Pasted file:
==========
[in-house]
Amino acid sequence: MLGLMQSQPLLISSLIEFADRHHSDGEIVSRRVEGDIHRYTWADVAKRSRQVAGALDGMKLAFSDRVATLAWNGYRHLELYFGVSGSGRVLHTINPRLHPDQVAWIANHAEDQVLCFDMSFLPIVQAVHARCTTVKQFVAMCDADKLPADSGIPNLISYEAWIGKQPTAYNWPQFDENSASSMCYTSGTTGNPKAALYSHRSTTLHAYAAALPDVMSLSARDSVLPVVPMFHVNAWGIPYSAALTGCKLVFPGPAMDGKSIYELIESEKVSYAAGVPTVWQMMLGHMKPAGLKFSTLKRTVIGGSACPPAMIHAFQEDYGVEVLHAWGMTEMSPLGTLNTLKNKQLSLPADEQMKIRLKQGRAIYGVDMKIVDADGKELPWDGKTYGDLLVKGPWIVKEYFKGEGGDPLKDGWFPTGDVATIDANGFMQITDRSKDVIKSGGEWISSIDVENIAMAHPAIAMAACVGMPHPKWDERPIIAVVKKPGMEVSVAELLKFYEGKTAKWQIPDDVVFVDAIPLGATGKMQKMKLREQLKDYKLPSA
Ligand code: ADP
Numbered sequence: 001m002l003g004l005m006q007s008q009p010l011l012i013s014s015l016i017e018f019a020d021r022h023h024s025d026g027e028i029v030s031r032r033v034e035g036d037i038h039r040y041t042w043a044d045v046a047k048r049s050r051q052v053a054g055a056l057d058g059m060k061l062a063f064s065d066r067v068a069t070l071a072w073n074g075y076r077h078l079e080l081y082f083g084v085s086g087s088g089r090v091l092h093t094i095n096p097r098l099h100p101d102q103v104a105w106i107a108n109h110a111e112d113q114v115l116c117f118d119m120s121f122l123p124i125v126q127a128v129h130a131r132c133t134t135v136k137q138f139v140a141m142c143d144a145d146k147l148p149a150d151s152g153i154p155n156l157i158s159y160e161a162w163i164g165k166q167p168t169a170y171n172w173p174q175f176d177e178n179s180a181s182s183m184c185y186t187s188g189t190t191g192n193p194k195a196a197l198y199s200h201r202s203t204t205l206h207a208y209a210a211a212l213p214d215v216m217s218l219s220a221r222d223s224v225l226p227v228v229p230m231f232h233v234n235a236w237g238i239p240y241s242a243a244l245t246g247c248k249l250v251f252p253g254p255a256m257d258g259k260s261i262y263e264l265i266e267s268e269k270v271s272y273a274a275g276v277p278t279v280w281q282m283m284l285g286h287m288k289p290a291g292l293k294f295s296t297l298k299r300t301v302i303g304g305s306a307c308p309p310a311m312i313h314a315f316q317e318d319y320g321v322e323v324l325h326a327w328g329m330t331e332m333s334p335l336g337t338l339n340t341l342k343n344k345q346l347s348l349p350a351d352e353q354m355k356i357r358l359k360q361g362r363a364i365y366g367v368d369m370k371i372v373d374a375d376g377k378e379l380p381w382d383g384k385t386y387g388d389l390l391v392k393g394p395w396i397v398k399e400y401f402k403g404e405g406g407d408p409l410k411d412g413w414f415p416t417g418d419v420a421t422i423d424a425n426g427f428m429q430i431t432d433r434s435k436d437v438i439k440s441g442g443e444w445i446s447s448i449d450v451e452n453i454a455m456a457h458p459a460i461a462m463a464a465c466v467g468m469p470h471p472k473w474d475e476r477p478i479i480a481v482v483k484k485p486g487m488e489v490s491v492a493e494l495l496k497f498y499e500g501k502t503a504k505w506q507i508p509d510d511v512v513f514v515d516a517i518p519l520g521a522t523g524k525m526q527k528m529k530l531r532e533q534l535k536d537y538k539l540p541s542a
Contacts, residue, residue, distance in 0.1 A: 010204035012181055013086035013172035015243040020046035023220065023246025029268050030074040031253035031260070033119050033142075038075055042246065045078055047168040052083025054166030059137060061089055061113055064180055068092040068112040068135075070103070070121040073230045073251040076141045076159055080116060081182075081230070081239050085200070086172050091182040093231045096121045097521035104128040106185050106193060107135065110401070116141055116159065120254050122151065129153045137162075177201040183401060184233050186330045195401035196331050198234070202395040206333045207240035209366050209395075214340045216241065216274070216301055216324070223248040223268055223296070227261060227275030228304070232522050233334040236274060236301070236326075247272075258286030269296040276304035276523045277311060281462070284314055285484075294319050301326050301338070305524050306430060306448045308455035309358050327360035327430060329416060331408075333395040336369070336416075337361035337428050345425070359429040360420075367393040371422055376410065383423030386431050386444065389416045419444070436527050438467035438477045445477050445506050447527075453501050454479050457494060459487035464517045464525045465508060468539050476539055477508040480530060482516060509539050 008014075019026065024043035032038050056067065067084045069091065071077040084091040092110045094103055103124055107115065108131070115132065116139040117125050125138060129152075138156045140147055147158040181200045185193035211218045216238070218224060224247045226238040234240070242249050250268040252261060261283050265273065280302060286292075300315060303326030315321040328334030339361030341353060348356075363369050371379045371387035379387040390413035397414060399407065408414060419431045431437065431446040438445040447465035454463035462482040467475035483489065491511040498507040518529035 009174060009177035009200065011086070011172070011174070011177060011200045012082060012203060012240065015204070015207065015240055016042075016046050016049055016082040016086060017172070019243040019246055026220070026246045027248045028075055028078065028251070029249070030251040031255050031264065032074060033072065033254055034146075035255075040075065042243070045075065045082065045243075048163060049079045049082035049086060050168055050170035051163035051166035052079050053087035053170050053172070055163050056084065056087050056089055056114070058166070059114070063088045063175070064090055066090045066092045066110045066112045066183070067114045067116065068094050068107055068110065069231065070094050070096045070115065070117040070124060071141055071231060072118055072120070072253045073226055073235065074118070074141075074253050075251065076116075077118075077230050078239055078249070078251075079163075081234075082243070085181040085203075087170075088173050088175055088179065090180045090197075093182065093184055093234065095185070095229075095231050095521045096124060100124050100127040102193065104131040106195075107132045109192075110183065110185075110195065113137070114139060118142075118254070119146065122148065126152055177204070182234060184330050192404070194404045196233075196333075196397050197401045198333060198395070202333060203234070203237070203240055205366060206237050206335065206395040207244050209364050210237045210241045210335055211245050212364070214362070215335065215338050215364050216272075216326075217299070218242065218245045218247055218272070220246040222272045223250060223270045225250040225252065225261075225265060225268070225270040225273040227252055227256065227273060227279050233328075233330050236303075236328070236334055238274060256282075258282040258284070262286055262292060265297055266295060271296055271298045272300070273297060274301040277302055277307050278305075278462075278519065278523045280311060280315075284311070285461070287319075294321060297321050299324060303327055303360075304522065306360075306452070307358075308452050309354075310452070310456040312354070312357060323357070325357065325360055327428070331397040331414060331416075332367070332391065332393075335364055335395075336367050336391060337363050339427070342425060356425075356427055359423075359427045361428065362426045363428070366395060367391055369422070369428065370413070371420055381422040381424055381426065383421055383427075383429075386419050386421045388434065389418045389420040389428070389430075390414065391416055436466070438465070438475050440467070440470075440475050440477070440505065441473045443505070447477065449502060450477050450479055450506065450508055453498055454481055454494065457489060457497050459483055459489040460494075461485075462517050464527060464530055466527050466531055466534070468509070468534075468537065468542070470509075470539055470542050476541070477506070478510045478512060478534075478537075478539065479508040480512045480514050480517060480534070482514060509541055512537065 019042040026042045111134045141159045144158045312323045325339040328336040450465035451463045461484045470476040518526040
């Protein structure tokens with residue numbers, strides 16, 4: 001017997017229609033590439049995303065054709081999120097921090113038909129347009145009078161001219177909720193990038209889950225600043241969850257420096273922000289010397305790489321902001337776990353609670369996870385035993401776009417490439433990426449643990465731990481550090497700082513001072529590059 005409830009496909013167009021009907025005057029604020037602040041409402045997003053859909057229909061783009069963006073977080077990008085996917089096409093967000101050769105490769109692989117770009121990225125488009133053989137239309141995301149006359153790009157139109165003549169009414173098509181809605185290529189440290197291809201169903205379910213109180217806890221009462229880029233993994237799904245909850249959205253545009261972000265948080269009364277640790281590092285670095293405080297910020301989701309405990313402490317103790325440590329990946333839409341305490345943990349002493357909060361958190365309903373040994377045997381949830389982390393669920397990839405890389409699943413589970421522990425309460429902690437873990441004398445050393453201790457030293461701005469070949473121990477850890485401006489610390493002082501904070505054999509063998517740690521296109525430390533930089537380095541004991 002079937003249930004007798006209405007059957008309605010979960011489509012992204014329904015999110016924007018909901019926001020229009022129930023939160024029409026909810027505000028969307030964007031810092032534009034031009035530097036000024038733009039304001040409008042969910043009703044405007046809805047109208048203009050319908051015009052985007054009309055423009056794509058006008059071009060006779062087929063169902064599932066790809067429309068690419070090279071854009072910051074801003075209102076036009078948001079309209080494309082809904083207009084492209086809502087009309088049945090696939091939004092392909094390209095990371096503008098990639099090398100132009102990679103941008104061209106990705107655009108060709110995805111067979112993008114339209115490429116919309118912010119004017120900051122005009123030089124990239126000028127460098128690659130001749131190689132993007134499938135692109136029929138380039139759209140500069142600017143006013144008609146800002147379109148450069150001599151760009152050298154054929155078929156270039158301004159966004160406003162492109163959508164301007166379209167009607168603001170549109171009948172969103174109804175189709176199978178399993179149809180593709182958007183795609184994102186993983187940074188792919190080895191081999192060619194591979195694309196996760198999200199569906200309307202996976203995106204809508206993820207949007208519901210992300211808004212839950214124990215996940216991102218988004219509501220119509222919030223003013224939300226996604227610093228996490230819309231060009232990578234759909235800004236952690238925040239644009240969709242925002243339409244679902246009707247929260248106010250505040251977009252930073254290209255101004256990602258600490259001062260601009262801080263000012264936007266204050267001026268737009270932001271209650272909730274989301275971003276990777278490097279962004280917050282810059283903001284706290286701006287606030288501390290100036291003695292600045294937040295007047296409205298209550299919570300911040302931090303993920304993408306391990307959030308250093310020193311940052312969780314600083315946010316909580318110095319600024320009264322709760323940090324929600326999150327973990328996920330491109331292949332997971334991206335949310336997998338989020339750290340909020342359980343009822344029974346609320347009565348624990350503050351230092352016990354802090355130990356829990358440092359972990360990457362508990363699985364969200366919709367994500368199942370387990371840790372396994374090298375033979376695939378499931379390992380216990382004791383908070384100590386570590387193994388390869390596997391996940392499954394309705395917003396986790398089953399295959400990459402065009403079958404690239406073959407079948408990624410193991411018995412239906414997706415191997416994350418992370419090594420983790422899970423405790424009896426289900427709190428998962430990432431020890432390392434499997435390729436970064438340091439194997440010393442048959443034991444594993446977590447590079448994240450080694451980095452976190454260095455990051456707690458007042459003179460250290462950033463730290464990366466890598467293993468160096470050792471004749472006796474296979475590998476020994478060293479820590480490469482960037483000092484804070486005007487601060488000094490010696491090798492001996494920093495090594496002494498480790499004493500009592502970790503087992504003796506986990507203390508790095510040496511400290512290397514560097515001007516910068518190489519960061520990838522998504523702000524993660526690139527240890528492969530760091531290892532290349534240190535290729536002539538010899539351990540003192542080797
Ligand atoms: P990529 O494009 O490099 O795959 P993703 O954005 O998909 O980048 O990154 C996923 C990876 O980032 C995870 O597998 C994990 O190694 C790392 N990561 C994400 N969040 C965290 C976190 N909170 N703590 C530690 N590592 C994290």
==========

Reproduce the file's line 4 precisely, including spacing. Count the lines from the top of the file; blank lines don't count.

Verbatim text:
Numbered sequence: 001m002l003g004l005m006q007s008q009p010l011l012i013s014s015l016i017e018f019a020d021r022h023h024s025d026g027e028i029v030s031r032r033v034e035g036d037i038h039r040y041t042w043a044d045v046a047k048r049s050r051q052v053a054g055a056l057d058g059m060k061l062a063f064s065d066r067v068a069t070l071a072w073n074g075y076r077h078l079e080l081y082f083g084v085s086g087s088g089r090v091l092h093t094i095n096p097r098l099h100p101d102q103v104a105w106i107a108n109h110a111e112d113q114v115l116c117f118d119m120s121f122l123p124i125v126q127a128v129h130a131r132c133t134t135v136k137q138f139v140a141m142c143d144a145d146k147l148p149a150d151s152g153i154p155n156l157i158s159y160e161a162w163i164g165k166q167p168t169a170y171n172w173p174q175f176d177e178n179s180a181s182s183m184c185y186t187s188g189t190t191g192n193p194k195a196a197l198y199s200h201r202s203t204t205l206h207a208y209a210a211a212l213p214d215v216m217s218l219s220a221r222d223s224v225l226p227v228v229p230m231f232h233v234n235a236w237g238i239p240y241s242a243a244l245t246g247c248k249l250v251f252p253g254p255a256m257d258g259k260s261i262y263e264l265i266e267s268e269k270v271s272y273a274a275g276v277p278t279v280w281q282m283m284l285g286h287m288k289p290a291g292l293k294f295s296t297l298k299r300t301v302i303g304g305s306a307c308p309p310a311m312i313h314a315f316q317e318d319y320g321v322e323v324l325h326a327w328g329m330t331e332m333s334p335l336g337t338l339n340t341l342k343n344k345q346l347s348l349p350a351d352e353q354m355k356i357r358l359k360q361g362r363a364i365y366g367v368d369m370k371i372v373d374a375d376g377k378e379l380p381w382d383g384k385t386y387g388d389l390l391v392k393g394p395w396i397v398k399e400y401f402k403g404e405g406g407d408p409l410k411d412g413w414f415p416t417g418d419v420a421t422i423d424a425n426g427f428m429q430i431t432d433r434s435k436d437v438i439k440s441g442g443e444w445i446s447s448i449d450v451e452n453i454a455m456a457h458p459a460i461a462m463a464a465c466v467g468m469p470h471p472k473w474d475e476r477p478i479i480a481v482v483k484k485p486g487m488e489v490s491v492a493e494l495l496k497f498y499e500g501k502t503a504k505w506q507i508p509d510d511v512v513f514v515d516a517i518p519l520g521a522t523g524k525m526q527k528m529k530l531r532e533q534l535k536d537y538k539l540p541s542a